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“Lynch whenever works best for you.”

I mean, “Lunch.” It’s too late. So come

archived images of black bodies, hot.

I can tell they’re hot, even dead,

by their skin. Later, I find a market

with the cheapest eggplants I’ve ever seen.

In perfect rows. I want their bitter skin,

the color a little like what’s left after a burn,

or sunburn, especially where my arm bends.

Then, all I can talk about is history class,

social studies, how the teachers, even black

ones, don’t tell you they’re going to talk

about hot black bodies with balls and dicks

and maybe other meat stuffed in their mouths,

why it’s so important to see, without knowing

anything else about her, a black girl, woman,

who can tell with those full white skirts,

knocked down by batons or water or dogs onto

the pavement. And when you’re little and also

wear good socks, frilling socks with good shoes,

you think about the lace getting dirty, blood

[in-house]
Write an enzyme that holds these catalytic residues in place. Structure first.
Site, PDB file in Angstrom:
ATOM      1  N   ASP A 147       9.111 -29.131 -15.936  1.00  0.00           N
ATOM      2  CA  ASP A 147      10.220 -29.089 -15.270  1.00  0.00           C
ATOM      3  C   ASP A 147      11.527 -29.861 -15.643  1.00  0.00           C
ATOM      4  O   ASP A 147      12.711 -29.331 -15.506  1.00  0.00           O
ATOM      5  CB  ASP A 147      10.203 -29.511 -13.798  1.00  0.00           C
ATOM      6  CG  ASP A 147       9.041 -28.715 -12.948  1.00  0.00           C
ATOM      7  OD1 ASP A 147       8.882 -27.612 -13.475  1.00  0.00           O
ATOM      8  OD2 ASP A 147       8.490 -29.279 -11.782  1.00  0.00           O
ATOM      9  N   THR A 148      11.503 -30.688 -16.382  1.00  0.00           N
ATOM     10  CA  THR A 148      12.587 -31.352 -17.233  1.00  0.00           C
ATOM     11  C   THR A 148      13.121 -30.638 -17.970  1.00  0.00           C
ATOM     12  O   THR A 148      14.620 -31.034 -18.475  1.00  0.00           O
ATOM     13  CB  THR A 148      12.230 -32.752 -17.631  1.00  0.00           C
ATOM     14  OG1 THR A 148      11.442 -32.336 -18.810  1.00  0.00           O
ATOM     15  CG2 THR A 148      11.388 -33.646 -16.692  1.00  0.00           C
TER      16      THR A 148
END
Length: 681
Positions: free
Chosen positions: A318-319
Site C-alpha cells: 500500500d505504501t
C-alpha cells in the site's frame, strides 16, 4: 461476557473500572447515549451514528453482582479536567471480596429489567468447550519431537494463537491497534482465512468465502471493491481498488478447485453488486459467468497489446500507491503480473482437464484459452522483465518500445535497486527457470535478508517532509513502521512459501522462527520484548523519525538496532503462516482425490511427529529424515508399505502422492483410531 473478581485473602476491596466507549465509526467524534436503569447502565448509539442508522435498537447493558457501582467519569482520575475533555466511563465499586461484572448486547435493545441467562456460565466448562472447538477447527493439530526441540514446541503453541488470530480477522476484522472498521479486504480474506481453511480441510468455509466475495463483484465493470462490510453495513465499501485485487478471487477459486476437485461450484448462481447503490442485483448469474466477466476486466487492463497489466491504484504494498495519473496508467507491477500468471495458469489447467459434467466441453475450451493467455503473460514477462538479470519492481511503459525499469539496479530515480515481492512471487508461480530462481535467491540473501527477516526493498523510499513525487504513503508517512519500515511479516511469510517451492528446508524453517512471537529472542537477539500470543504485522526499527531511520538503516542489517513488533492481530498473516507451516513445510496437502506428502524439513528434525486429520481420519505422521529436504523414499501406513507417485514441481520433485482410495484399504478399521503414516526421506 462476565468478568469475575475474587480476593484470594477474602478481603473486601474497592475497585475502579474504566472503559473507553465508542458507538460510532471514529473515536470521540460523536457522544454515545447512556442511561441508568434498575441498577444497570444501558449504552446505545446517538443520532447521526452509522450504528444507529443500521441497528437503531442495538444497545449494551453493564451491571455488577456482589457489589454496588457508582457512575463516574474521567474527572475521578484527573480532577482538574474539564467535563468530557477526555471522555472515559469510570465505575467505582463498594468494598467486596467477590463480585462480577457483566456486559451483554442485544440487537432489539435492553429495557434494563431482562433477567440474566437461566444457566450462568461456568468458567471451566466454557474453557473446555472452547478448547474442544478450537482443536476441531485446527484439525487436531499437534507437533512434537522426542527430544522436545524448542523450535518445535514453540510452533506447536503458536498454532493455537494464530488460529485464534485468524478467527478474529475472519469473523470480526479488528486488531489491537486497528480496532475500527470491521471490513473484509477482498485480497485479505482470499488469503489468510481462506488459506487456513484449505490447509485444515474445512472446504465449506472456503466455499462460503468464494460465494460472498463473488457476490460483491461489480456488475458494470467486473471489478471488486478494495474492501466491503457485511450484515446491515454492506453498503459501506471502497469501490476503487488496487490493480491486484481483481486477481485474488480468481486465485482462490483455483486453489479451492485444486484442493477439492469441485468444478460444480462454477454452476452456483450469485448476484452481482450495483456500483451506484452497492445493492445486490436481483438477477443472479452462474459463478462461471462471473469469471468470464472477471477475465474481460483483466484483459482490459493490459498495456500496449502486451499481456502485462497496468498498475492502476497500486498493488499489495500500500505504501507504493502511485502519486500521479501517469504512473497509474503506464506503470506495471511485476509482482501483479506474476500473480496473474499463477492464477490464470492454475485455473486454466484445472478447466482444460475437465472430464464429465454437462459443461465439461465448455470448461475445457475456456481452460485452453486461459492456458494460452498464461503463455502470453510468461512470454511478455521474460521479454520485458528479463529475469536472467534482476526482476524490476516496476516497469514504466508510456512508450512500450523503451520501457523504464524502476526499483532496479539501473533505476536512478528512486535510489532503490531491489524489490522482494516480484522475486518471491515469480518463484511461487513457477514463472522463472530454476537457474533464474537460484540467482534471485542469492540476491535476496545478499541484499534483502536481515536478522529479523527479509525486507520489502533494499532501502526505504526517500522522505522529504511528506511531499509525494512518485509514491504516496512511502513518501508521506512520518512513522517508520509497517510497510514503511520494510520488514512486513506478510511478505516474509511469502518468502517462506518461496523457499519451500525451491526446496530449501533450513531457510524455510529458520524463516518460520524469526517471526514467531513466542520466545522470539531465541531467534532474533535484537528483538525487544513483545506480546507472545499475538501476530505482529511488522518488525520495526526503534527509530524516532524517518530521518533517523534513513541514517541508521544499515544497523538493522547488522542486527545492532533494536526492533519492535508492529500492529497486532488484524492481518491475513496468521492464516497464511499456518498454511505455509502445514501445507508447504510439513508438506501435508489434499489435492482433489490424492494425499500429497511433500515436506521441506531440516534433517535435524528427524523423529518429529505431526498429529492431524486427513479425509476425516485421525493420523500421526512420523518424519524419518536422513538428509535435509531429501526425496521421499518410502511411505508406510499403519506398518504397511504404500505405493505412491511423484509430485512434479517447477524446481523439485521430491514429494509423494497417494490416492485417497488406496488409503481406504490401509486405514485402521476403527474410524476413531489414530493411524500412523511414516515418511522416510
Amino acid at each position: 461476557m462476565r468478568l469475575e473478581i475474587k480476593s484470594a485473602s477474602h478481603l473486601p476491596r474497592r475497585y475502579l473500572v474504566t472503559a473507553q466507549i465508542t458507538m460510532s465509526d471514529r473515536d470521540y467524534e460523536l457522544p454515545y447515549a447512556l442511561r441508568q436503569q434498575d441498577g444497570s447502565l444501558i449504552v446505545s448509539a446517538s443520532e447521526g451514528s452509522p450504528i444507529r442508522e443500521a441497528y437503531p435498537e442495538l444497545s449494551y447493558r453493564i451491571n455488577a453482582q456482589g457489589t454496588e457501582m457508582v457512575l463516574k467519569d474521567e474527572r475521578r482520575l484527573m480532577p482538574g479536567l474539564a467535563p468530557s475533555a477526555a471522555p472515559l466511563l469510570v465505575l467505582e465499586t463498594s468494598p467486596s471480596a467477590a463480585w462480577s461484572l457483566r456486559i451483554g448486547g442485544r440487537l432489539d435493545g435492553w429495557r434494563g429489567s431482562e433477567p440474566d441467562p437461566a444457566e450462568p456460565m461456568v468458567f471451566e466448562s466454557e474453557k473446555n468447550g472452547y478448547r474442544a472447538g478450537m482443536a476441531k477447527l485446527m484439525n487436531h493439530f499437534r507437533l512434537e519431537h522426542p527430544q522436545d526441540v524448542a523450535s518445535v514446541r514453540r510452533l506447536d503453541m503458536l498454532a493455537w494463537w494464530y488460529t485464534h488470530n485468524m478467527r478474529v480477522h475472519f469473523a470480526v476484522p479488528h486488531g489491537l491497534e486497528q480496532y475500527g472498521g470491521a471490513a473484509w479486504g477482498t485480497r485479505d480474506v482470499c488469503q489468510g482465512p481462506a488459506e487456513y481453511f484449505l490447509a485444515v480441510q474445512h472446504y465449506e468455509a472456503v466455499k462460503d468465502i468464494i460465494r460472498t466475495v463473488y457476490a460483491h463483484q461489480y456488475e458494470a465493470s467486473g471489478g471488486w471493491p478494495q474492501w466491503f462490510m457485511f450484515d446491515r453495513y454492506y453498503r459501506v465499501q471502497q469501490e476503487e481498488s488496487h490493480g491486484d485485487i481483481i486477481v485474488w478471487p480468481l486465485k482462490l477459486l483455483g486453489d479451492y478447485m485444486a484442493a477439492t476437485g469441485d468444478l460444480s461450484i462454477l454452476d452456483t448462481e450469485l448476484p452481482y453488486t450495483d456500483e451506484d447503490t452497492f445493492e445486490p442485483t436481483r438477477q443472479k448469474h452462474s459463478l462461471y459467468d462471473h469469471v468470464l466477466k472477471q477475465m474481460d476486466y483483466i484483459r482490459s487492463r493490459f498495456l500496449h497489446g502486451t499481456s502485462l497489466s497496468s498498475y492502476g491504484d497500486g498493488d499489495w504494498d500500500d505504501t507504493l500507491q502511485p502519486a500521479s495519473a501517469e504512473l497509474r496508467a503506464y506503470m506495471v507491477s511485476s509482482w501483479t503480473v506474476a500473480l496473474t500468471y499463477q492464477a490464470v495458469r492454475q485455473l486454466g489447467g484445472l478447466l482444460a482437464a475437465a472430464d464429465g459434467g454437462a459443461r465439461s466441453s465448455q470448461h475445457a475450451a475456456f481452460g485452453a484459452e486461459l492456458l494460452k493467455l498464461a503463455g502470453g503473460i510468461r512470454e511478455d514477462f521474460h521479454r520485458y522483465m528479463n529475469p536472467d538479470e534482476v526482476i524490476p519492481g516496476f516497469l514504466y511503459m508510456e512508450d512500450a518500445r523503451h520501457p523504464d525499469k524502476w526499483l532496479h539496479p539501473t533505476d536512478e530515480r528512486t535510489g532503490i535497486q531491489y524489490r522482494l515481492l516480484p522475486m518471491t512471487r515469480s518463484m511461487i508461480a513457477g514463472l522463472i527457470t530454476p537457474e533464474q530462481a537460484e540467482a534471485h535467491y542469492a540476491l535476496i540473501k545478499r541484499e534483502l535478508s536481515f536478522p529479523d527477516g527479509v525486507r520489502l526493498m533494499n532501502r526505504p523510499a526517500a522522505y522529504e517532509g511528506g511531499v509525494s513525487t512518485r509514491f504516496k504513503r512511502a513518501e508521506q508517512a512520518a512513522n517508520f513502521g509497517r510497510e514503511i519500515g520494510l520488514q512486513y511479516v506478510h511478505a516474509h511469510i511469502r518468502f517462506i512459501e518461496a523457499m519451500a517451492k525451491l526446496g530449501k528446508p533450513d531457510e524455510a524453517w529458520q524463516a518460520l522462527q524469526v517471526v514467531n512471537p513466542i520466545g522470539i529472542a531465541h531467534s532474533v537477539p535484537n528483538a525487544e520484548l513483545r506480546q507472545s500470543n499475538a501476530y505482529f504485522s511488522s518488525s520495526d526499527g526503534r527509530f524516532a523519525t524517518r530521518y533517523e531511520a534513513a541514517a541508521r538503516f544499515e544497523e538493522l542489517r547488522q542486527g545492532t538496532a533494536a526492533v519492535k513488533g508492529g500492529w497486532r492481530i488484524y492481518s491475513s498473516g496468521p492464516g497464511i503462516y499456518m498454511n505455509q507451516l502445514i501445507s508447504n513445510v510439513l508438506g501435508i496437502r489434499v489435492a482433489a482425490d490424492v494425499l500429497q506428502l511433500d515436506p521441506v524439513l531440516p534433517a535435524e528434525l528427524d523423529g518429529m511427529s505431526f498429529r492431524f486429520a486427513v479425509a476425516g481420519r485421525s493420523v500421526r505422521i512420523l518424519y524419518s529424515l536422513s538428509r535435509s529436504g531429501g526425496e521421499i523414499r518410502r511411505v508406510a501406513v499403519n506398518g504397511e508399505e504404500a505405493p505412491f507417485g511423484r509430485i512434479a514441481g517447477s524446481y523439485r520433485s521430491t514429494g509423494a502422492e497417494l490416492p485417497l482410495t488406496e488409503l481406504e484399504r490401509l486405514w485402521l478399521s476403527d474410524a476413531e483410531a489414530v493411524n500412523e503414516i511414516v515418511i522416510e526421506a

on a white skirt, white socks, on shining black

or dark shoes. I keep saying: they should give us

a warning, a trigger warning.

What are the pictures for anyway, more than

blame on white people (I can tell their skin

is dry by the pictures), holding their hats,

cameras, each other. Looking up at a tree,

down at the ground. Why didn’t each black

person kill a white person. That’s what I thought

in school, looking at my book, or TV screen,

or projector, or Black History Month posters,

or the white students and the white teacher,

the few other blacks. I sweated a little.

Did I look hot? In a picture, I’d have wet skin.

There, one could point a hundred years later

or less, an eggplant shine on my forehead.

Ladan Osman is the author of The Kitchen-Dweller’s Testimony.

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